North Lake is an alpine gem near the top of Bishop Creek Canyon in California's Eastern Sierra. Early each fall the aspen on the lake's north shore come alive with yellow and red, an event not lost on photographers, who frequently stand shoulder-to-shoulder in the frigid dark waiting for day's first rays. Despite the cold and crowds, it's one of my workshop students' favorite locations. With groups, friends, and on my own, I've photographed here in all kinds of conditions, including wind, rain, snow, and utter calm. One of my favorite shots here was a firey sunset, but warm front-light on the snowy peaks across the way usually makes sunrise the best time to photograph North Lake. In addition to the warm light, sunrise also offers the greatest potential for still air necessary to turn the lake's surface to glass, and I'm a sucker for a nice reflection.
On this morning in early October, all the elements necessary for something special seemed to converge. We arrived to find the aspen grove at its color crescendo and the surrounding mountains dusted with fresh snow from an overnight storm. Overhead the storm's cloudy vestiges played with the light, adding a touch of visual interest to the all-too-frequently blue sky. For most of the morning a whisper of wind stirred slight ripples on the lake, blurring the surface, but when the wind calmed for a couple of minutes, the reflection snapped into place and we all snapped into action.
I'm asked quite a bit about the filters I use. The answer is quite simple: I use a neutral polarizer for virtually every daylight shot, and a graduated density filter when conditions call for it. Because this morning the contrast between the bright sky and foreground shadows was greater than my camera (or any other camera) could handle, I knew I'd be using a GND. I opted for a 3-stop soft because the more gradual dark-to-light transition of a soft GND is less obvious. Burying the transition in the mountainside sloping down to the lake enabled me to save the blue in the sky and still bring out the detail in the still shaded lake (which was entirely in the transparent portion of the filter). The filter actually darkened the sky a little too much, so in post-processing I dodged the top of the frame a bit to brighten the sky to a more natural tone.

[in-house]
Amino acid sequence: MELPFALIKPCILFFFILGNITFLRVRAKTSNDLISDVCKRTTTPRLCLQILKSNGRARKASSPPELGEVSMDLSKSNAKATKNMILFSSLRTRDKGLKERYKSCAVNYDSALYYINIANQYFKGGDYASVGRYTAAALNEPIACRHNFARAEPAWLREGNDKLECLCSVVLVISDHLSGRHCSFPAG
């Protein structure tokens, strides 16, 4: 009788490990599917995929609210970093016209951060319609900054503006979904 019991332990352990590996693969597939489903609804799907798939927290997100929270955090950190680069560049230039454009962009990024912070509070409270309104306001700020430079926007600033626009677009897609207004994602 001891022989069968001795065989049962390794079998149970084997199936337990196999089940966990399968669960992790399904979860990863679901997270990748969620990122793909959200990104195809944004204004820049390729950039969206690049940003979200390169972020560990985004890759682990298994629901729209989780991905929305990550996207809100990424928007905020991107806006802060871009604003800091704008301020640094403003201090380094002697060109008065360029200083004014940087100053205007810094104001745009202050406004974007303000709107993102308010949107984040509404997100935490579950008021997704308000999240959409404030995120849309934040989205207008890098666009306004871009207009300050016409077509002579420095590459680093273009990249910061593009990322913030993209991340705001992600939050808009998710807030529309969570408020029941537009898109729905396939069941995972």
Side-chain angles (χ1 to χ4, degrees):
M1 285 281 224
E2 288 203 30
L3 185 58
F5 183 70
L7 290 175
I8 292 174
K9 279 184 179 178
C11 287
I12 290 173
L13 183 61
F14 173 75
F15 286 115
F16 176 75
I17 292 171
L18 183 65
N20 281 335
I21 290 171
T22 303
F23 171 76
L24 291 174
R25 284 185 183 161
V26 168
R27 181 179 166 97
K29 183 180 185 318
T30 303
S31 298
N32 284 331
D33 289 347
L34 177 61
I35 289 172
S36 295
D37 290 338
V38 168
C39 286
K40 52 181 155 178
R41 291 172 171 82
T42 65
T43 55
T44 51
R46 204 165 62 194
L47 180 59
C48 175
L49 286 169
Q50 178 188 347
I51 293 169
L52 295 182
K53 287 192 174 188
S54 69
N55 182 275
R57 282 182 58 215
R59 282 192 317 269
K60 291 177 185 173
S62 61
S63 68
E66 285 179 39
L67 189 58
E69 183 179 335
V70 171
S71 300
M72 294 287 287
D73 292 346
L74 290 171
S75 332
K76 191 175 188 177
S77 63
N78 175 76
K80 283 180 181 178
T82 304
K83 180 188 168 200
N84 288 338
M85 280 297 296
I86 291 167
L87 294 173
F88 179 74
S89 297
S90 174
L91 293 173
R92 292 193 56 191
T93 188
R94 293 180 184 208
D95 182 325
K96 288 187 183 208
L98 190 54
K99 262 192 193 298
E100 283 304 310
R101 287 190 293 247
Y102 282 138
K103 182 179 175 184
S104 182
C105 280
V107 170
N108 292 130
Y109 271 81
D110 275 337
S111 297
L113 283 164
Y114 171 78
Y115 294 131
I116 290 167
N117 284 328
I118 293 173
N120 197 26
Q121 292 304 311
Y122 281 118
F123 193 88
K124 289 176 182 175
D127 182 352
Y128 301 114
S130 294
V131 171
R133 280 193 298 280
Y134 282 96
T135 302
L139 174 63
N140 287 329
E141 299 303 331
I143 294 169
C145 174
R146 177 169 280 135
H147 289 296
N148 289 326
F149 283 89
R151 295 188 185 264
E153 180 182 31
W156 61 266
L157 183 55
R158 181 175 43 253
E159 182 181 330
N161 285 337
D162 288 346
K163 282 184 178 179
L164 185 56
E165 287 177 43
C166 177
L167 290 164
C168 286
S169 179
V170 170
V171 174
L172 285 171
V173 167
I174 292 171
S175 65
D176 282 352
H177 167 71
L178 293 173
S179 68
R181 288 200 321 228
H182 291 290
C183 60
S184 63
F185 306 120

The polarizer proved to be an interesting decision. I'm always reluctant to tell people that I use a polarizer for all my daylight images because, despite my warnings to the contrary, it seems some people simply attach a polarizer and then forget about it. Without getting too technical, let me just say that a polarizer consists of two parallel circles of glass. The bottom piece is fixed and the top piece rotates. Rotating the top piece transitions smoothly from reduced to enhanced reflections, an effect that is greatest at 90 degrees to the light source, and almost imperceptible when the angle of view is perfectly aligned with the direction of the light. The benefits of turning the polarizer to minimize reflections include deepening the blue of the sky (in my opinion an overrated benefit), increasing contrast between the sky and clouds (makes clouds stand out better), cutting glare that inhibits the color of foliage, rocks, and so on, and eliminating surface reflections to see beneath water's surface. The prime benefits of turning the polarizer to maximize reflections include slightly more vivid rainbows and reflections.
So with the polarizer basics in place, let me emphasize here that if you're going to use a polarizer, you must turn it with every composition or risk doing your image more harm than good. Look through your viewfinder while turning the polarizer to determine the effect you want.
Most photographers turn their polarizers to one extreme or the other, dialing in either a maximum or minimum reflection. Generally in an image like this North Lake scene, the inclination is to maximize the reflection, which was indeed quite spectacular. I took a few frames with the maximum reflection, but decided to play with my polarizer and found a point midway between maximum and minimum reflection that retained the most dramatic and colorful part of the reflection, while cutting the reflection in the immediate foreground enough to reveal the rocks beneath the water at my feet. It wasn't until I viewed the series of images on my monitor at home that I decided I prefer this one because the foreground lake-bottom detail puts an extra dimension of depth in the frame.
* Website: Eloquent Images
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